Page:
If the user knows the precise value she or he wants from a well-sorted list with type-ahead, then over 1000 items is okay. Seriously. Try it yourself: Do a search of your hard drive that yields 1000 or so files and see how hard it is to scroll or type-ahead to a file you know is there.
What matters more than the raw number of items is the ratio of items in the list to the items visible in your scrollable pane, whether you’re talking about a list box or the dropdown portion of a combo box. You want at least 5% of your items visible at a time. So for 1000 items, you need a pane about 800 pixels high (at 16 pixels per line). That sets about 1000 as the limit given typical low-end desktop monitor sizes. If you’re talking about users with laptops using a web site, then you’ve only got about 560 pixels (allowing for browser controls and such), so now you’re looking at 700 items. Still a lot. We’re assuming a proper scrollable list where the list scrolls instantly with dragging the slider.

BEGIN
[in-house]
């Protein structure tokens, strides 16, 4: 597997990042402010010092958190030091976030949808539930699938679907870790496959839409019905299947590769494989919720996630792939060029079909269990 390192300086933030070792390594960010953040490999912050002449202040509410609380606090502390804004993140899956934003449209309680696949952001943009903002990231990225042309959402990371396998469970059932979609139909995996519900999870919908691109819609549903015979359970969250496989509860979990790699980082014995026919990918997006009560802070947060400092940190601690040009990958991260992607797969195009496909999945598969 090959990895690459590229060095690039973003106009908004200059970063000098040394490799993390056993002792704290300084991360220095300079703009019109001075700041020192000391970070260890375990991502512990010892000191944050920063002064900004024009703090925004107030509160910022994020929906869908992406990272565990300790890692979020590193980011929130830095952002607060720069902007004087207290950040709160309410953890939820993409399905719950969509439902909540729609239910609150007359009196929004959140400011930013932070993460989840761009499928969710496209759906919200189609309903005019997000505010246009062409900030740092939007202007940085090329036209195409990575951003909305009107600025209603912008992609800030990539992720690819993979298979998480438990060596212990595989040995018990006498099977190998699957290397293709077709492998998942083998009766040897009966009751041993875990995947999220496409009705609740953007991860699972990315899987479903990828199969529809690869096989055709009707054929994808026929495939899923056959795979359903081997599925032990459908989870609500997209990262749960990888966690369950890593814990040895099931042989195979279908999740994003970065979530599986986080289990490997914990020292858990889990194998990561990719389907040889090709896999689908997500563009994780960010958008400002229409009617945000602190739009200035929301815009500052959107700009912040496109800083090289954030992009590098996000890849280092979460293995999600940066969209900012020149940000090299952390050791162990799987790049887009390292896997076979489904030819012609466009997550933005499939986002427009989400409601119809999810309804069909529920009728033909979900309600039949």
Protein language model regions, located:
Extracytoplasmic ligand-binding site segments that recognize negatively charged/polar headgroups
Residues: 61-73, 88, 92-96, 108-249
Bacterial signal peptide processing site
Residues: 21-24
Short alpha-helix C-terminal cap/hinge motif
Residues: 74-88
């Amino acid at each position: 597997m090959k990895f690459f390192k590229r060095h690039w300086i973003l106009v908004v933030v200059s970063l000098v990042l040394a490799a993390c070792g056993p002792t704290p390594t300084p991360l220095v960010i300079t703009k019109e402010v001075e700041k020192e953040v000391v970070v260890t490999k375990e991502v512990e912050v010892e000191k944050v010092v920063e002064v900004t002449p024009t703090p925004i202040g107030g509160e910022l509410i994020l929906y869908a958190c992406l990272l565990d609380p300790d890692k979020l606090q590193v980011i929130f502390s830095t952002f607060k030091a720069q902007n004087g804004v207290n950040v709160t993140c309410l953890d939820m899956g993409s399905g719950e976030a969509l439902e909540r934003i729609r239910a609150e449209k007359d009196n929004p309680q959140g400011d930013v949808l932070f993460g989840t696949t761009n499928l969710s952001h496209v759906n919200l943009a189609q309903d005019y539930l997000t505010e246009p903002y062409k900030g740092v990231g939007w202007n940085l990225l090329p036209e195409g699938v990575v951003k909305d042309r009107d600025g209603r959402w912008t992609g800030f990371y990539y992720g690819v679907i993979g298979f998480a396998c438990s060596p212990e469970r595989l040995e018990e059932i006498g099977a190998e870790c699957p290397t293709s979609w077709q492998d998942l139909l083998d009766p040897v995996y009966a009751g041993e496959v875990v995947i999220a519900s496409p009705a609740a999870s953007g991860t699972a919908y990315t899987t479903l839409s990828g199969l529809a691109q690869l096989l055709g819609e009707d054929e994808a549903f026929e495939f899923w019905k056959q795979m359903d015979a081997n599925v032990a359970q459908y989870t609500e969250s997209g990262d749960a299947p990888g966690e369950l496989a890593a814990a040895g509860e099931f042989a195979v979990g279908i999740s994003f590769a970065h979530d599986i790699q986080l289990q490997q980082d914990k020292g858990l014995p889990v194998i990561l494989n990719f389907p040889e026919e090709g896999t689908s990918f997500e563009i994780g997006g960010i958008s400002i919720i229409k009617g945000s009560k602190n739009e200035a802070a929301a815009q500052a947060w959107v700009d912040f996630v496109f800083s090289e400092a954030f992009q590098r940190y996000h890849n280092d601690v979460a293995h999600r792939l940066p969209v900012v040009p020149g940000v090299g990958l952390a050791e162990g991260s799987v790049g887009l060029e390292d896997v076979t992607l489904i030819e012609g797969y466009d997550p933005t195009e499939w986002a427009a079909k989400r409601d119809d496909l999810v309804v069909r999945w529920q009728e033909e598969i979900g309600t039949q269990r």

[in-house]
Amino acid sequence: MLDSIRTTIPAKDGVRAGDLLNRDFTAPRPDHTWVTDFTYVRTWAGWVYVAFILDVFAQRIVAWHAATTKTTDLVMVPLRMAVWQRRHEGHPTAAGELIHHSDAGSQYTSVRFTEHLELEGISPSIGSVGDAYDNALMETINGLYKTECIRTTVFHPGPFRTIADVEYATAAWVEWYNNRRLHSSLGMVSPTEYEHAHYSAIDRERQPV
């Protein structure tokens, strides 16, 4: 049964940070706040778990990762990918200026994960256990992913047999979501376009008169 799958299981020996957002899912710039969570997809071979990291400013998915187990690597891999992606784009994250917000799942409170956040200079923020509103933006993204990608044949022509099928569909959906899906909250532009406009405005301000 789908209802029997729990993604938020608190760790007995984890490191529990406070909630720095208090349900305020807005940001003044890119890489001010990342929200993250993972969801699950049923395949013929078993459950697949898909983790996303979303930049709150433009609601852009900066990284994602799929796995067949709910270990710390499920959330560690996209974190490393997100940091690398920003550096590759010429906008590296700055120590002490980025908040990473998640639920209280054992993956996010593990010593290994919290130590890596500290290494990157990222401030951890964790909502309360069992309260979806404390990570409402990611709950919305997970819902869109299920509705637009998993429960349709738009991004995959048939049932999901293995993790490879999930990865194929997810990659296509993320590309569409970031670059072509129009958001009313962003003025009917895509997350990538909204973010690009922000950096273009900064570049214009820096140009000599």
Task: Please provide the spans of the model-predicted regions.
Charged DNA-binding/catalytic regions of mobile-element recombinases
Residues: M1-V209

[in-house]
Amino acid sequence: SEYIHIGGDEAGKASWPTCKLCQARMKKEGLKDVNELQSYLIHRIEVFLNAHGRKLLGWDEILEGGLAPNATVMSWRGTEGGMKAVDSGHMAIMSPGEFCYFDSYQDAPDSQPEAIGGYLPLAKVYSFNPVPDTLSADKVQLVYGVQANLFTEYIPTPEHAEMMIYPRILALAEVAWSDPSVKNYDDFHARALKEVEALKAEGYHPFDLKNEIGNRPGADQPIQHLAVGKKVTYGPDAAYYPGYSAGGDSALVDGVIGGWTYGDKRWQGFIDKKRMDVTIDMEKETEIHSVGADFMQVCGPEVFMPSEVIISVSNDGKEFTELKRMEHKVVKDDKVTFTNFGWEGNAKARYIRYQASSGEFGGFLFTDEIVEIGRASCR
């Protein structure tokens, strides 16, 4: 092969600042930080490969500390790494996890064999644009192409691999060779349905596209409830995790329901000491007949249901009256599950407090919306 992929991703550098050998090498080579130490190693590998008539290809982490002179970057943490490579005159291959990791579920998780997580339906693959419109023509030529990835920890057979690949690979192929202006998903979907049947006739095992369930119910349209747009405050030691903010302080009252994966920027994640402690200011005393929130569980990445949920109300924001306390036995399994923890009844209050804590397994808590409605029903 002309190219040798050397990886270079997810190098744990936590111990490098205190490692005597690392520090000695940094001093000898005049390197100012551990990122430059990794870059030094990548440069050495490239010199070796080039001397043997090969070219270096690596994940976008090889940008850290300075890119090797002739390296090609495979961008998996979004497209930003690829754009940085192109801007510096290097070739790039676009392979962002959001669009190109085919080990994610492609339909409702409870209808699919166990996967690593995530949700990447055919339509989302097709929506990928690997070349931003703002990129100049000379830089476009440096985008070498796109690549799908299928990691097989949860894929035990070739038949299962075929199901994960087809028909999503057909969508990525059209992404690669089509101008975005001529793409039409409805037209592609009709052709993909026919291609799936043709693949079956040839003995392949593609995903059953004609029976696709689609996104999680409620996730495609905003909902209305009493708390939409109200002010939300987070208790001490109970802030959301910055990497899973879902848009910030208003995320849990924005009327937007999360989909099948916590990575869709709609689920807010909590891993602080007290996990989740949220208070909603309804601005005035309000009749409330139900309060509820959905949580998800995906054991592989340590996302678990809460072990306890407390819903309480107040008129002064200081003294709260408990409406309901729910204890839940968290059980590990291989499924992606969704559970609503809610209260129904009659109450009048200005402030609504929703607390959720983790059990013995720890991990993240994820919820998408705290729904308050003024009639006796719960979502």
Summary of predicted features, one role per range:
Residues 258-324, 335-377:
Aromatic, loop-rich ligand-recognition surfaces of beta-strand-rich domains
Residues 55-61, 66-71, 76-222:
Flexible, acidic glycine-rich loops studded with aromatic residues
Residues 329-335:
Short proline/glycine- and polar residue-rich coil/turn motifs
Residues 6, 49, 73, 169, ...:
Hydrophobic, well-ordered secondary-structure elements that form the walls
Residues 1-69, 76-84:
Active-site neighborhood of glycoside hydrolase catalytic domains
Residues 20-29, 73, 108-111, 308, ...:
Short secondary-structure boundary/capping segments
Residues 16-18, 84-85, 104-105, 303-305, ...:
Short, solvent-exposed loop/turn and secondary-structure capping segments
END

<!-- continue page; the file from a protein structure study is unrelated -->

I only see a need for filtering/search controls (versus type ahead alone) when the number of items is more like 1000s than 100s, although you need to make exceptions for special cases (e.g., when the user doesn't really know what s/he precisely wants and needs to explore the alternatives on various criteria, or when there's a large number of items all beginning with the same 9 letters).
Always have type-ahead. There no reason not to, and even with a small the number of items, it benefits users using the keyboard only rather than the mouse (very common for data entry). Treat it as a standard. You don't want users having to guess if you chose to have type-ahead or not for a given field ("Does he think 10 items is enough? Does he ever have it?"), so just have it all the time.